Tonight I was reading some posts on Facebook from fellow school counselors who were venting about all the stress and pressure they were facing at the end of the year. The most common complaints were about failing seniors, angry teachers who lost their planning time due to being pulled for testing, lost counseling time due to non-counseling duties, inconsiderate parents, clueless administrators, and just being generally overworked. Reading their posts, reminded me of a conversation I had with a first year counselor at one of our high schools. As the counselor and I were talking about one of her failing students, I suggested she call him down to talk to him about some assignments he was missing in his virtual class. After I heard her typing on the other end, she said... "Well, he is (fill in the teacher's name) room and I can't call him out of her room. If I call up there and she gives me an attitude, I am going go off on her!" I was kind of taken aback by her comments because she is generally a gentle soul, but she was just getting started! After we talked about the student, she began to vent about the behaviors of some of her colleagues; told me that she felt exhausted and overworked; and expressed her anticipation of summer vacation. At the end of our conversation, I told her that she sounded really stressed and I asked her if she was getting any rest. Her answer was not surprising to me as she told me that she not sleeping well and had a lot going on at work. Long story short, she was experiencing the typical end of the year counselor burnout.
|End of the year burn out is real!|
The Overworked School Counselor: The Struggle is Real!
As school counselors, we may or may not realize that we are overworked. In fact, the Indiana Chamber of Commerce surveyed 400 school counselors and found that counselors still face being overworked, carrying high student caseloads, performing non-counseling duties, and face the increasing emotional needs of their students. In fact, one Indiana school counselor described today's counselors as being caught in a "No Man's Land" because our profession lacks a defined role. Because of this lack of definition, every school district has its own unique prescription for using its school counselors. In another article about Indiana school counselors, one of the contributors agreed that school counselors are overworked and lack enough time during the day to take care of all their responsibilities. As school counselors, we know this to be true no matter what state we work due to increasing student ratios, increased student needs, and demanding schedules.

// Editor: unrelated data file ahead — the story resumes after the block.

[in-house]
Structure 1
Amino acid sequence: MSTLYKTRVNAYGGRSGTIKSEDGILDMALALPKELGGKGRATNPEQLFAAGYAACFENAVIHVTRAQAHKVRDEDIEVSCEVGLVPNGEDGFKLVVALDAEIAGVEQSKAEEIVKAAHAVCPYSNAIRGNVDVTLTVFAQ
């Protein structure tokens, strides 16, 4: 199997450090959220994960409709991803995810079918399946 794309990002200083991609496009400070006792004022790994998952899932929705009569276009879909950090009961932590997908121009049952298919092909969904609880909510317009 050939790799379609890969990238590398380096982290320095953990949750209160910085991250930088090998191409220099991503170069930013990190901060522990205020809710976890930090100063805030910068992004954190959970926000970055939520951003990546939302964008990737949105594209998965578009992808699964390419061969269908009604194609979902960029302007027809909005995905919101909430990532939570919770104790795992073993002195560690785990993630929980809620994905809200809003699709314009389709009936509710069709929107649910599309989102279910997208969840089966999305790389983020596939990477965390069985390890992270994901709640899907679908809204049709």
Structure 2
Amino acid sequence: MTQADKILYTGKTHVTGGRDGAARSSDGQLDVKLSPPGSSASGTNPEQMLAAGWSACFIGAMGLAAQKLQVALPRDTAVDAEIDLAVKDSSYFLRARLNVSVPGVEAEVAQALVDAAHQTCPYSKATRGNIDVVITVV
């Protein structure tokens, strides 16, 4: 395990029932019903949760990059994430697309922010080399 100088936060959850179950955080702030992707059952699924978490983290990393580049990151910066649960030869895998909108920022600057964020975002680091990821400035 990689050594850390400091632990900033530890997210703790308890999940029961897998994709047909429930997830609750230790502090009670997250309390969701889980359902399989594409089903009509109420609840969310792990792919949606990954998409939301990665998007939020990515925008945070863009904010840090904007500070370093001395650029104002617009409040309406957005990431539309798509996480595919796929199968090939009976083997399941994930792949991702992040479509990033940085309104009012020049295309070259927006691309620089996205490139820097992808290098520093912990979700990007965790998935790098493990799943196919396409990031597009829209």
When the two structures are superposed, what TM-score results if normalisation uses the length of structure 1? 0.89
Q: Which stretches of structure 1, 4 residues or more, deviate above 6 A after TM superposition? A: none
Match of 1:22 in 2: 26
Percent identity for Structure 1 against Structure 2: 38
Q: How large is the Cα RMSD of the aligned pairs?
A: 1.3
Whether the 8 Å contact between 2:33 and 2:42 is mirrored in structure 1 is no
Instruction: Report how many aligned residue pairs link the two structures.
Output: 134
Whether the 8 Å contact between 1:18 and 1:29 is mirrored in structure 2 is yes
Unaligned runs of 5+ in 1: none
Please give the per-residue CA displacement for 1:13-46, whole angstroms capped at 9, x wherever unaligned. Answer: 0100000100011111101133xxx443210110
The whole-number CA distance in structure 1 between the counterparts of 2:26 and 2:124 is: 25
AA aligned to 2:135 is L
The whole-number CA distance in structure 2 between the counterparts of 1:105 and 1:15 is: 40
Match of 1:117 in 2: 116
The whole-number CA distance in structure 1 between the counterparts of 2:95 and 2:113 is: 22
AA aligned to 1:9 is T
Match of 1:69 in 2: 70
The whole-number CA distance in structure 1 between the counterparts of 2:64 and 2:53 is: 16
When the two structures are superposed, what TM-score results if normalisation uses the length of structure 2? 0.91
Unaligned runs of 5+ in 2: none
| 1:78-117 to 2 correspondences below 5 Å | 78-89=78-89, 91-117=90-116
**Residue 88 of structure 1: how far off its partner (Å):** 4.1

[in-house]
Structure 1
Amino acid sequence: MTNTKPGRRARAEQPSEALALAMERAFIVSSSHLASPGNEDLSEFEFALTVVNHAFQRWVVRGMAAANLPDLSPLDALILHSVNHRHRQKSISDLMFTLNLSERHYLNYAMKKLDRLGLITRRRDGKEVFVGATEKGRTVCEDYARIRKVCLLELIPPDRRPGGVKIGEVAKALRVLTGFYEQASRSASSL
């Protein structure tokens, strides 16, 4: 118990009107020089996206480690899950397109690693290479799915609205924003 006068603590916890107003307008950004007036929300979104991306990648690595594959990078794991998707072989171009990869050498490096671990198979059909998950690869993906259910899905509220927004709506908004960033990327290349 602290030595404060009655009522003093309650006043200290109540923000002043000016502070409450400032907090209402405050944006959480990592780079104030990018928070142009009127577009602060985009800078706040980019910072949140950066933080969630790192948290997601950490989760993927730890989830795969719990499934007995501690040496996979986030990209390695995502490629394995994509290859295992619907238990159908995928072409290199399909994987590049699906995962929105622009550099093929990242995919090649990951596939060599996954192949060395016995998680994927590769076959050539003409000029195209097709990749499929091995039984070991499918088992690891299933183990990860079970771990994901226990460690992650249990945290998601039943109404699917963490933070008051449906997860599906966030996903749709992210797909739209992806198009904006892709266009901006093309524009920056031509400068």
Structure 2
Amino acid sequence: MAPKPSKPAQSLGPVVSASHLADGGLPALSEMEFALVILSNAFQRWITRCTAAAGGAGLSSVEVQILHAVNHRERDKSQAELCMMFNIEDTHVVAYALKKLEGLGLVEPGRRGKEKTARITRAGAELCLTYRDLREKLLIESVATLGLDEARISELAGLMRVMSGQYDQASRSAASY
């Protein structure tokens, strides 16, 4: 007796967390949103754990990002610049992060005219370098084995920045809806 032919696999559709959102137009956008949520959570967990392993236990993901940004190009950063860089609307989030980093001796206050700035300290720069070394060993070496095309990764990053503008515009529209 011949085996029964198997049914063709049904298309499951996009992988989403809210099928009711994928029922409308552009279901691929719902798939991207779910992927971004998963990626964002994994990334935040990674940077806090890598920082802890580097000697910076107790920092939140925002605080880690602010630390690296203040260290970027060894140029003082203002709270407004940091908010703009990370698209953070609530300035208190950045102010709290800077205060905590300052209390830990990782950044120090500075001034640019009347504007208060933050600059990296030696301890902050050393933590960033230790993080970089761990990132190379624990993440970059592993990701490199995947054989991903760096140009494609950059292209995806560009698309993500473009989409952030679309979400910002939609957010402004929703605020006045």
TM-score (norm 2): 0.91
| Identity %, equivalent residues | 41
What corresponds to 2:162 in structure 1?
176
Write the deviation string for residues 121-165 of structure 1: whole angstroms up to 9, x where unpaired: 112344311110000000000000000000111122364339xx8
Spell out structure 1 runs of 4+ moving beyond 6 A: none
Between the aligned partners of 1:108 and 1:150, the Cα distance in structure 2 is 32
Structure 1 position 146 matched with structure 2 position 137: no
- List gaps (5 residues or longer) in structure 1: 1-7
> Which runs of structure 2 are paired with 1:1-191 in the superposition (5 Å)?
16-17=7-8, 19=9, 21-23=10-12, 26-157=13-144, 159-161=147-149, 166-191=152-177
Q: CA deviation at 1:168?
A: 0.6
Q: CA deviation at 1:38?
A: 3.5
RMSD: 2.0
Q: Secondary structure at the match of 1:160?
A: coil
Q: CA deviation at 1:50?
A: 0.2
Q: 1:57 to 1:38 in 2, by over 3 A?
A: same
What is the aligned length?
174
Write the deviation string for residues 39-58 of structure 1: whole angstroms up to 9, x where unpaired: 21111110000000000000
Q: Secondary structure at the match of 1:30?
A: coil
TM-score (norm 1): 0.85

The comments from my counseling colleague took me back to the time I was feeling overworked and stressed. In fact here is a excerpt from my blog back in 2013 chronicling my typical workday.
My workday begins at 7:45 am each day. As I am walking in the door, I often have two or three students stop me to ask questions. When I finally make it to my office door, someone is knocking on our main suite door to get in. Some mornings, we can have 15-20 people stopping by, in a short period of 10 minutes, to pick up a transcript, ask a question, complain about a class, or ask to talk to us because they got in an argument with their parent. As my morning starts, I am expected to check and answer all my email immediately, answer my phone or return calls promptly, come to an administrator's office to talk to an upset student, and address parent concerns when they walk through the door. Oh, don't forget the emergency situations! The suicidal student, the kid who is bullied on the bus, the kid who reveals that he or she was hit by a parent, or a student having a meltdown in the bathroom. Often by lunch, I have seen a minimum of 15 students and parents, and made 3 classroom calls.
Forget a lunch break!! If I eat lunch at all, I eat while I am talking to a student (I often beg his or her forgiveness) or while I am running to a classroom to grab a student. Throughout the day, I am often working on spreadsheets of student failures, identifying who has not taken a standardized test, talking to a student who needs to take credit recovery in the evening, or encouraging a kid just to come to school. By the end of the day, I can have up to three meetings (sometimes all at the same time) and then I have another 50 emails to answer before I leave. Finally, my day ends at 5:00 pm and I pour myself in my car and head to the gym for a little self-care. After the gym, I head home, grab a bite to eat, talk to my family, and then start making my plans for work the next day.
Unfortunately, I was not able to sustain my frenetic work schedule. Due to the craziness of my work life, my quality of life and health began to decline. One day I walked out of my closet frustrated that I could not wear a lot of my clothes. Shirts were too tight, pants would not make it over my thigh, and don't get me started on my jeans. Urgggghhh!!! Over the last two